Jeff Lepp received a phone call during dinner on Monday night. Around 8 o’clock, an agent with the Bureau of Alcohol, Tobacco, Firearms and Explosives told Lepp they had a situation to deal with.

“You’re eating dinner with your family and your friends and all of a sudden you got to stand up and say, ‘Hey, apparently we sold the gun that belonged to a guy who just committed a mass murder in Texas,” he told 9NEWS’ sister station in Colorado Springs, KOAA.

The shooter who killed 26 people at First Baptist Church in Sutherland Springs, Texas, bought four guns on record between 2014 and 2017. Devin Kelley purchased two in Texas, and two in Colorado. One of those guns came from Lepp’s store, Specialty Sports and Supply in Colorado Springs.

“How do you actually respond to something like that other than your stomach sinks and you’re like, you got to be kidding me,” Lepp says.

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Lepp immediately left from dinner and went to work, where he and the ATF worked to trace the purchase together over the phone. The handgun the shooter purchased from Lepp’s store was not used to kill people at the church.

“At least, thank God for that. So I don’t have to think about that,” Lepp says. “But it doesn’t change the fact that the guy killed a lot of people.”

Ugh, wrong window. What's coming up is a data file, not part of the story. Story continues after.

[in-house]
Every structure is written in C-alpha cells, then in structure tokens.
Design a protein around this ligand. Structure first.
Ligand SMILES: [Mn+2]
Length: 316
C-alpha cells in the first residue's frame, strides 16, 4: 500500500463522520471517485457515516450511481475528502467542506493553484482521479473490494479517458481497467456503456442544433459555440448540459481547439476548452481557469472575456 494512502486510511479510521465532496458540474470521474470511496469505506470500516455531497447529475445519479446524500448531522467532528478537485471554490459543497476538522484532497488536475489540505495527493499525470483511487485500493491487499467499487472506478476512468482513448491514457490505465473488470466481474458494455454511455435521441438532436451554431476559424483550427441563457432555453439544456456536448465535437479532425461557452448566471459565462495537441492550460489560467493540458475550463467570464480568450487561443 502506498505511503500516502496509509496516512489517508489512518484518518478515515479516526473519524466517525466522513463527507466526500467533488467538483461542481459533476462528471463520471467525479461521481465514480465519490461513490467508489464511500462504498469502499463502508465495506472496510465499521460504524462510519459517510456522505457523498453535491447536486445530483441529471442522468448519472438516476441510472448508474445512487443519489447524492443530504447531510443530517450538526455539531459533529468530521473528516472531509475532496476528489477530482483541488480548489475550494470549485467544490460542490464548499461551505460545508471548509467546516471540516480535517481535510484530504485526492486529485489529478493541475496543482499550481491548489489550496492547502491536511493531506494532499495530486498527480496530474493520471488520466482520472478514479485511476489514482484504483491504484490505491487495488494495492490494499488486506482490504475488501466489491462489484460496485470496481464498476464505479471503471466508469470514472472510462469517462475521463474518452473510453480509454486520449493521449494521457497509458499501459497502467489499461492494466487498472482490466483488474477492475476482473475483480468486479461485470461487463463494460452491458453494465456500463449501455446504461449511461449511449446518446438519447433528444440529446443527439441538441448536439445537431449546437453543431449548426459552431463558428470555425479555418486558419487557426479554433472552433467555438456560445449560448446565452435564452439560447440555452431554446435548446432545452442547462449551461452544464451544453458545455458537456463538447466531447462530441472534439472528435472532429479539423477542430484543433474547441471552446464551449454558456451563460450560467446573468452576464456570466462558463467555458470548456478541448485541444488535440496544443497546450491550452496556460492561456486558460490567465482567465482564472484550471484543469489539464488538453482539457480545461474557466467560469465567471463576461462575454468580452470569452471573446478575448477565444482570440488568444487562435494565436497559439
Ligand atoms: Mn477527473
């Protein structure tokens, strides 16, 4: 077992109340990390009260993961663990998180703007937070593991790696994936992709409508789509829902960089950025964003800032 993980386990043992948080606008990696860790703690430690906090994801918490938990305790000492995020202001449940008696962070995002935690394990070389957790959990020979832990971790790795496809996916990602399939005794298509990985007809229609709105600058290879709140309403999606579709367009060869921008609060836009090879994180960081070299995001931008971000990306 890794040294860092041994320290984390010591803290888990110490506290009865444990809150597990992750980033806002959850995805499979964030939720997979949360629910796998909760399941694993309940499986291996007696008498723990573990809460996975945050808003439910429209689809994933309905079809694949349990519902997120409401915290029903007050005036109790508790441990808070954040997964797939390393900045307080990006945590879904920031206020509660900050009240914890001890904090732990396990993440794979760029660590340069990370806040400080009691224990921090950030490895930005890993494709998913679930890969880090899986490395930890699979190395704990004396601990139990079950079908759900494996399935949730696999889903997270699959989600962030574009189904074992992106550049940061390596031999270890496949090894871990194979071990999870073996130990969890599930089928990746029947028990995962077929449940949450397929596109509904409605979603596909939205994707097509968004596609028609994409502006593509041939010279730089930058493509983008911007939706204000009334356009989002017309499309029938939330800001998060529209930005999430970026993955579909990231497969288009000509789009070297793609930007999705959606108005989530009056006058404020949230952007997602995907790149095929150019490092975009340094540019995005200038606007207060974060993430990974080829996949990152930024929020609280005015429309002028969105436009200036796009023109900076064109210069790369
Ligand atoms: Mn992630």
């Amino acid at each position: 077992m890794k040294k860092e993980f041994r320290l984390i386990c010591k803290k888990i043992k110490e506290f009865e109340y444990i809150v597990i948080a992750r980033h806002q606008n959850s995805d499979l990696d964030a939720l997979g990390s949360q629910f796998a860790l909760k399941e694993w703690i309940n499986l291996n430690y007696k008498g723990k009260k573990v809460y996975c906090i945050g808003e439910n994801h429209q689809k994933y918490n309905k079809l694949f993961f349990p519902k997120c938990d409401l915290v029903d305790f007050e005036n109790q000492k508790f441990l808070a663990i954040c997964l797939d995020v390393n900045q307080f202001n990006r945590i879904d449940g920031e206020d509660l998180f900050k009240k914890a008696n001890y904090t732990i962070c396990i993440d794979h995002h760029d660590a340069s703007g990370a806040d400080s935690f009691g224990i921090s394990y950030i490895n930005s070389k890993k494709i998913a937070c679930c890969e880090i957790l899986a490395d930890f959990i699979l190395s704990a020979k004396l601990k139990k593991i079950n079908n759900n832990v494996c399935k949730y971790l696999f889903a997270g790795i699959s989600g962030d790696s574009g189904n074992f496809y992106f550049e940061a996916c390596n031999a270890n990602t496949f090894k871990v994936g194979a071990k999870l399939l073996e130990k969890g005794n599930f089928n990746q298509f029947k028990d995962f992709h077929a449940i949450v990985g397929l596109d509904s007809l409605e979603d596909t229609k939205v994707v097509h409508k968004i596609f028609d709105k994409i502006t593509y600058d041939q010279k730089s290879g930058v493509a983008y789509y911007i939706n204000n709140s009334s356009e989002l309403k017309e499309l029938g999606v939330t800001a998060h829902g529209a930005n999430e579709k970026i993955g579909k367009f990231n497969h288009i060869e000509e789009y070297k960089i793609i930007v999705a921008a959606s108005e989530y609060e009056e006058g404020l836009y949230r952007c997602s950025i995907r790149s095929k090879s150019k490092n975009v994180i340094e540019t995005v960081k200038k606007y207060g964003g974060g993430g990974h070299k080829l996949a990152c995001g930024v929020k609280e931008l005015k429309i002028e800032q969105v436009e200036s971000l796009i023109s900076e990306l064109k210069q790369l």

There is no reason to believe that Lepp did anything wrong. The Air Force said in a statement on Monday that they did not log a domestic abuse conviction of the shooter’s into the national system, as they’re required. Because of that, the conviction never appeared in the National Criminal Information Center Database.

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“There’s nothing to step up,” Lepp says, in terms of enhancing protocol at his shop. “Turns out there was a great deal wrong with him, but until somebody can show that, how was anybody supposed to know?”

He added, "When he purchased a firearm from us, he went through a system that does a very thorough background check but if that information hasn’t all been added into it, that’s where your shortfall comes."

Lepp says Colorado’s background check system has more strength than Texas’ because Colorado’s checks are done on both the federal and state level.

The Specialty staff has no recollection of the shooter. Lepp does say that if anyone came into his store acting inappropriately, as in drunk, or mentally unstable, the staff would ask that person to leave.

“If somebody came in and started acting in a violent way, or talking about violence, we would absolutely not have anything to do with them. We would say, ‘You have got to go,’” Lepp says.

The Air Force wrote in its statement that they’re checking other cases to make sure they have been documented properly.